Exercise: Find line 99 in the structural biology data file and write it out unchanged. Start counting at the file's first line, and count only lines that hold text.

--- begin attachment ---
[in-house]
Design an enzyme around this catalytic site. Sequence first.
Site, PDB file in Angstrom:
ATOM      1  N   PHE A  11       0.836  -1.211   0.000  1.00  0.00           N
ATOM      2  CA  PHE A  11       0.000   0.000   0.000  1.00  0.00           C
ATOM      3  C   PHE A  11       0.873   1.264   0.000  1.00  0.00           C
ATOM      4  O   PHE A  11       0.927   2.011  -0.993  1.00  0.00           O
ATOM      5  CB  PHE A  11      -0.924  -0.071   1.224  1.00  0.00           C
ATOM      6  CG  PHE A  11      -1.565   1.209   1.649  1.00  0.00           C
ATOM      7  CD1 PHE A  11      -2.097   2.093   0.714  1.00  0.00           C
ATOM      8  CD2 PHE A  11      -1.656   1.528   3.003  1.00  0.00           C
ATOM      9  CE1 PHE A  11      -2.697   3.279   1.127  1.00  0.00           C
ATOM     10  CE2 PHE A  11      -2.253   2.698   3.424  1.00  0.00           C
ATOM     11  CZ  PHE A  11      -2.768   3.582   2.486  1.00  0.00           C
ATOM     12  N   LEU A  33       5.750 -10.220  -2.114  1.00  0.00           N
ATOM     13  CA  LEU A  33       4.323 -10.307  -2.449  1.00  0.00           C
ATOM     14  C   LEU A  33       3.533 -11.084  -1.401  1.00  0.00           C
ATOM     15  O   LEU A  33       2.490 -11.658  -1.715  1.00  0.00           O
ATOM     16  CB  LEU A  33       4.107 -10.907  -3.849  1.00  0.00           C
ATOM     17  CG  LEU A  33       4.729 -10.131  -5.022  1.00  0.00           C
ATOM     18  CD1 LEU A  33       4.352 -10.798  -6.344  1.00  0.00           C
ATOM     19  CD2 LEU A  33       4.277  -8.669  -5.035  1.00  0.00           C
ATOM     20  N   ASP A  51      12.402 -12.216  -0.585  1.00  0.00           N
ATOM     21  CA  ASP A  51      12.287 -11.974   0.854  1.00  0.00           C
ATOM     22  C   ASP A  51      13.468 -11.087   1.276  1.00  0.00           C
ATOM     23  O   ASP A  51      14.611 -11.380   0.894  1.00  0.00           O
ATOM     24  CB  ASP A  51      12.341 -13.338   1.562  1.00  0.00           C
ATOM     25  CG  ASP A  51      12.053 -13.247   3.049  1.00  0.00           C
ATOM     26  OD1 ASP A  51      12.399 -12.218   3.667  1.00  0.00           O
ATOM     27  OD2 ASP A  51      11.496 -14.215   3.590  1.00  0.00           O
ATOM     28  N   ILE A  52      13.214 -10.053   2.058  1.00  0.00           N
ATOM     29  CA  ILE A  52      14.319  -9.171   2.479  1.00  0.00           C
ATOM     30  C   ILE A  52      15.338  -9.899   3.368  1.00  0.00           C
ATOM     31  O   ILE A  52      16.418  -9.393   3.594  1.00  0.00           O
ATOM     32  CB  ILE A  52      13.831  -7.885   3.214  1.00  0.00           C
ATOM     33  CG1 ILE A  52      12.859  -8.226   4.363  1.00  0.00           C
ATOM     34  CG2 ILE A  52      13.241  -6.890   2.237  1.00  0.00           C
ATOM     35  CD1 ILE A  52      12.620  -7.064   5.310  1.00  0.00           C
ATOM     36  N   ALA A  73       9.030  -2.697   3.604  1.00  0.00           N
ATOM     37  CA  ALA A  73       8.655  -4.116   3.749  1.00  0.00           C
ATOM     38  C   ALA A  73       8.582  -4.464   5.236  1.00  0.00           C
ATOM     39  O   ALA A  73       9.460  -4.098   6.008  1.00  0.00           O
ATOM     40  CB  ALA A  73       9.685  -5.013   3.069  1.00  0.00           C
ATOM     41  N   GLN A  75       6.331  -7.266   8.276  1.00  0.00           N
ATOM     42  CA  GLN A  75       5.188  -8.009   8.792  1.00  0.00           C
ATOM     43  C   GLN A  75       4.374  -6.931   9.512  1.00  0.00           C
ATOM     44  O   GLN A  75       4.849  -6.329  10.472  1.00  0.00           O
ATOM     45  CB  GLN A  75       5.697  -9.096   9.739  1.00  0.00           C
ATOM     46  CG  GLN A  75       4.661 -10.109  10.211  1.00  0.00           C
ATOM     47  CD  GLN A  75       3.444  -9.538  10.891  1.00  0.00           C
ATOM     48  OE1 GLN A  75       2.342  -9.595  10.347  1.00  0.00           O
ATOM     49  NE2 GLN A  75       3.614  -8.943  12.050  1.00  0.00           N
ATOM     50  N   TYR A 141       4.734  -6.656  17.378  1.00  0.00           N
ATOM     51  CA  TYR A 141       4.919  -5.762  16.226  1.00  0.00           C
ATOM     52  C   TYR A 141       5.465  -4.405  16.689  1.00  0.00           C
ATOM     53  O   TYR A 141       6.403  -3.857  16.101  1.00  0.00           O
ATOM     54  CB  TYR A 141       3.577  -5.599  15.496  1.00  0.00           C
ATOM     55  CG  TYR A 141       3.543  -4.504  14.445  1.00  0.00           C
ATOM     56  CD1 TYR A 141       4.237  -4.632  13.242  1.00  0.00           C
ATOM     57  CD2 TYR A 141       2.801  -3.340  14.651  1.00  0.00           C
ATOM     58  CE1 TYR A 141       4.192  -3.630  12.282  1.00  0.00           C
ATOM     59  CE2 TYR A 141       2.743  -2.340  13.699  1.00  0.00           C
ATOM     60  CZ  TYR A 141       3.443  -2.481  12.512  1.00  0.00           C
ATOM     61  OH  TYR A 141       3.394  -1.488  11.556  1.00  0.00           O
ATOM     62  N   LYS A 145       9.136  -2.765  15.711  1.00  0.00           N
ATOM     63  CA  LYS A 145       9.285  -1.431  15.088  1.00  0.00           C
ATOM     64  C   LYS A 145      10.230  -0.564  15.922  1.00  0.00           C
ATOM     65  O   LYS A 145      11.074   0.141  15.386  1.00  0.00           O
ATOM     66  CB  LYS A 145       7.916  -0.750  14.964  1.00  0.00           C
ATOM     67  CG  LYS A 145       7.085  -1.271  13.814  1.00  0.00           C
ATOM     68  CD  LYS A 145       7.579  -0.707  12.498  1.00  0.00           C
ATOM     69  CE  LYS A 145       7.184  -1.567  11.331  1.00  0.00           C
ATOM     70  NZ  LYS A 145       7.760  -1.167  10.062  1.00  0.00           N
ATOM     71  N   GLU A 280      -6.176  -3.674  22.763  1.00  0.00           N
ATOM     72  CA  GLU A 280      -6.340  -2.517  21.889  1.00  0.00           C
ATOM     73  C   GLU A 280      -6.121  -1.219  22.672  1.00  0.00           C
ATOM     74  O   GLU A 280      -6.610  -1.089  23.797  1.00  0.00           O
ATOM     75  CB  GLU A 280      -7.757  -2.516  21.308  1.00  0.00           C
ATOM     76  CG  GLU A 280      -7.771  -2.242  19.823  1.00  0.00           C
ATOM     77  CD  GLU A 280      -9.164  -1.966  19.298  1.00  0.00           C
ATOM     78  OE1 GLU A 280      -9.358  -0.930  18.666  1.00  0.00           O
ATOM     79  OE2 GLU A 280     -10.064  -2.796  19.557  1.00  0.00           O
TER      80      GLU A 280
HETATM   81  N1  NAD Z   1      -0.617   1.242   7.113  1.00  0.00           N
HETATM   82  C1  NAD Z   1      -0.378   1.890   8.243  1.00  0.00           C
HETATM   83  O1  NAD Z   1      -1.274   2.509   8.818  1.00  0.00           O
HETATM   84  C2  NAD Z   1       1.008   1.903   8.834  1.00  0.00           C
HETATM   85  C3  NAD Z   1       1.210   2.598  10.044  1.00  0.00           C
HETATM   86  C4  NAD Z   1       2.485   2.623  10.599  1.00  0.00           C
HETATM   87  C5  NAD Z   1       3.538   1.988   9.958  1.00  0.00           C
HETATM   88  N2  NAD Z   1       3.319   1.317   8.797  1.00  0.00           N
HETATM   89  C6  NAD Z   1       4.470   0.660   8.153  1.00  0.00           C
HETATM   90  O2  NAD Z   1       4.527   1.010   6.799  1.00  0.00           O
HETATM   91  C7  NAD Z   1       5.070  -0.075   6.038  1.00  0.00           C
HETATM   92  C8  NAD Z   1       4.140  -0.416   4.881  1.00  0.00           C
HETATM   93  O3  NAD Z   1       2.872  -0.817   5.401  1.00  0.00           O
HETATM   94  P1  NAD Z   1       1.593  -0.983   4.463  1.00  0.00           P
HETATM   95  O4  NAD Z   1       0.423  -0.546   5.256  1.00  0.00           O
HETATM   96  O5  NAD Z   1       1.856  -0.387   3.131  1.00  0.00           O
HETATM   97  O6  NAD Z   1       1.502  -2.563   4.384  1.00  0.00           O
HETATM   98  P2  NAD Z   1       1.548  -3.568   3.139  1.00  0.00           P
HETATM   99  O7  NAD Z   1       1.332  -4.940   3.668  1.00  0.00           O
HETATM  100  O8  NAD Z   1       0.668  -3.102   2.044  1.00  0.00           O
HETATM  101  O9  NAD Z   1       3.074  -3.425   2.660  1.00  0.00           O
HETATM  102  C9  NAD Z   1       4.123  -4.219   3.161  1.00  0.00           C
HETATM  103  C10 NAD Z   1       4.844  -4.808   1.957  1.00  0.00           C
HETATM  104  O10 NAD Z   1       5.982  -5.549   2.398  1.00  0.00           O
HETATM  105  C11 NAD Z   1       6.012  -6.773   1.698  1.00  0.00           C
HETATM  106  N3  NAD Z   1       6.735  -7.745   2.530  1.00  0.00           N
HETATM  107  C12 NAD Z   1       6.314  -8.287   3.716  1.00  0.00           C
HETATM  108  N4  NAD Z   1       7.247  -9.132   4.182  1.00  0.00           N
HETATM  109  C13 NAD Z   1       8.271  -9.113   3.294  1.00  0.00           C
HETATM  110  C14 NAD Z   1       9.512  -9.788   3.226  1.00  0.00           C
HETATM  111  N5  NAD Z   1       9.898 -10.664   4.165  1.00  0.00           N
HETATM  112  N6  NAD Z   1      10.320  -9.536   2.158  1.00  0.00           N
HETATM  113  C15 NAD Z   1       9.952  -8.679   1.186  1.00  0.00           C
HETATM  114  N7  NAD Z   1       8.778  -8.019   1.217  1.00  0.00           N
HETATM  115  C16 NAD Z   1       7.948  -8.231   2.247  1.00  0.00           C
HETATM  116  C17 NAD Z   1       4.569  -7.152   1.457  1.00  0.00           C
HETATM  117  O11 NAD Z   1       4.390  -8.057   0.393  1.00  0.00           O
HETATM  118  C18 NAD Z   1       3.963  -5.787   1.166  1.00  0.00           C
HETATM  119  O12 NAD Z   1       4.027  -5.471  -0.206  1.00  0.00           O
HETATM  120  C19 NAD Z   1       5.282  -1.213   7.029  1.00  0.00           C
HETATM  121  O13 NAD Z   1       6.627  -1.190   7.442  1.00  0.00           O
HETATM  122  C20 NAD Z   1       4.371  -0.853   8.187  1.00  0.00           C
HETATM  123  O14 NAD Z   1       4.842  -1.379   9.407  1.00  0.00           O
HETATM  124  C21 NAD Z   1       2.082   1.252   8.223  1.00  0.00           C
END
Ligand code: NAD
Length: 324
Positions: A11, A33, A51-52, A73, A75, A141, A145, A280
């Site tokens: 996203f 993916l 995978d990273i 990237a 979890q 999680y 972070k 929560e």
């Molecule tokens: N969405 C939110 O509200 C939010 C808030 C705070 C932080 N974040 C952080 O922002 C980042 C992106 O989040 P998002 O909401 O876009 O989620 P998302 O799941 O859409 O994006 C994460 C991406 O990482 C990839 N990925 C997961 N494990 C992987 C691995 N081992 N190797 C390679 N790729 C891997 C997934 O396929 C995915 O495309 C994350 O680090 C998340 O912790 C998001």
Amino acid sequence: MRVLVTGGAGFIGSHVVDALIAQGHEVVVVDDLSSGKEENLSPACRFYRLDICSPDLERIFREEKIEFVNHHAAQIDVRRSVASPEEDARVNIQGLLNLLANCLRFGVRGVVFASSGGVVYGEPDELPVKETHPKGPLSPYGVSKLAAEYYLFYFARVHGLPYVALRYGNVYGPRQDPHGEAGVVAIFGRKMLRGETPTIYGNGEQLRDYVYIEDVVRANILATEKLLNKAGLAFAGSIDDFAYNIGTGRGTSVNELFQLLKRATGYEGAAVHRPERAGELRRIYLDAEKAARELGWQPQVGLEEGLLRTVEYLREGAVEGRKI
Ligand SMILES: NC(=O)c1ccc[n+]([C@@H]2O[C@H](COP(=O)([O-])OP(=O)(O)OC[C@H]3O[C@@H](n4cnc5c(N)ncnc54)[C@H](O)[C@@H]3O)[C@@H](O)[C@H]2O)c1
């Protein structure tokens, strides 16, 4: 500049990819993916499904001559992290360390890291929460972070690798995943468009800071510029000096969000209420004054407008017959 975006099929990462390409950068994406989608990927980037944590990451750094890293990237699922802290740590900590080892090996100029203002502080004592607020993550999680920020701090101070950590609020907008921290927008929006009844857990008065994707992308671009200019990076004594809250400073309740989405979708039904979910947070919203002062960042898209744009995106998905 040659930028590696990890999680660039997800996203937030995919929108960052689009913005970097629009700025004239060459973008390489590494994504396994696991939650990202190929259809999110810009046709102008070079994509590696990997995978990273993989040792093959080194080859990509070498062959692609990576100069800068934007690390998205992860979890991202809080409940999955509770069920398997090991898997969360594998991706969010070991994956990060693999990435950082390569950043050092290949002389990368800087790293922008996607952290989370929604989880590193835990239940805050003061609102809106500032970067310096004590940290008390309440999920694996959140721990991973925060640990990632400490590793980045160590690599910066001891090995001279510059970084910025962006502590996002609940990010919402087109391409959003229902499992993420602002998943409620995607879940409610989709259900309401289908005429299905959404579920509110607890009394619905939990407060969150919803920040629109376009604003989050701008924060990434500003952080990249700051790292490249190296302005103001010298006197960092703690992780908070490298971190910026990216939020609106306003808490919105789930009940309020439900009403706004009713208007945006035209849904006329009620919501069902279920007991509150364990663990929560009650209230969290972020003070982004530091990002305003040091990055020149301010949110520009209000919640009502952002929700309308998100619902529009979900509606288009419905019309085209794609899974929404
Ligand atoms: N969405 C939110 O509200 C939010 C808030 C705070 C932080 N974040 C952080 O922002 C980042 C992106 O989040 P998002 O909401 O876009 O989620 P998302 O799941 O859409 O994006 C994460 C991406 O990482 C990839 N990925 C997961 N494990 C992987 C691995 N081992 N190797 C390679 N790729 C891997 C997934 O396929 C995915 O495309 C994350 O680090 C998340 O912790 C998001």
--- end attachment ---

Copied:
HETATM   96  O5  NAD Z   1       1.856  -0.387   3.131  1.00  0.00           O